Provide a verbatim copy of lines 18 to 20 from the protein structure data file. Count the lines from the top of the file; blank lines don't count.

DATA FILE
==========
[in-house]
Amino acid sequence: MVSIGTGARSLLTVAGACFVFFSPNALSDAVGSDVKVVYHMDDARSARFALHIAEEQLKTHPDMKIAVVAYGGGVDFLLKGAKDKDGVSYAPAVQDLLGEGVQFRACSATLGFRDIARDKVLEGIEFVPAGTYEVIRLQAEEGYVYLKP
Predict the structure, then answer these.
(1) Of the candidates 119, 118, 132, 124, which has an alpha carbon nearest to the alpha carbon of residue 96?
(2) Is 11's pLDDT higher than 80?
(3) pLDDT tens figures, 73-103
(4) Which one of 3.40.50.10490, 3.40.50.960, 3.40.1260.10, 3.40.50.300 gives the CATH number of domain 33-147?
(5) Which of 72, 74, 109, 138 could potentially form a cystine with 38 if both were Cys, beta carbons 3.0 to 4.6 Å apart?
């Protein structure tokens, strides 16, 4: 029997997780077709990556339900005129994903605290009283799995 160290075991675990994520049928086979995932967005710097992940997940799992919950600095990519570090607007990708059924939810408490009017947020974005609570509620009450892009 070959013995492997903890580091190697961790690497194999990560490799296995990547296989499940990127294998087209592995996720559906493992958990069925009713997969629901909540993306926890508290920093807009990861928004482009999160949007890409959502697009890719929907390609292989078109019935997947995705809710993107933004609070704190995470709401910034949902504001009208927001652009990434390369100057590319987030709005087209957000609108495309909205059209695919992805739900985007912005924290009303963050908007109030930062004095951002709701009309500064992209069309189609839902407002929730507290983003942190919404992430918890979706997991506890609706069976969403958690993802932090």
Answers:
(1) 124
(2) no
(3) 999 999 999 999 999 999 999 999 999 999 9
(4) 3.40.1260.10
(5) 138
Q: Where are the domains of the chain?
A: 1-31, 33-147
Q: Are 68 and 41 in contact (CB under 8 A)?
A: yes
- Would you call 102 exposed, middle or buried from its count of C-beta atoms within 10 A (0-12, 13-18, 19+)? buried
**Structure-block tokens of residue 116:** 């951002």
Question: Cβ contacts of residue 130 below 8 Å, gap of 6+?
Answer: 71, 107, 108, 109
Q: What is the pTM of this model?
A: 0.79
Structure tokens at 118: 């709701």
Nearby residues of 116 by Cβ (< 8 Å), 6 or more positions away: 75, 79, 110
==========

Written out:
Q: Are 68 and 41 in contact (CB under 8 A)?
A: yes
- Would you call 102 exposed, middle or buried from its count of C-beta atoms within 10 A (0-12, 13-18, 19+)? buried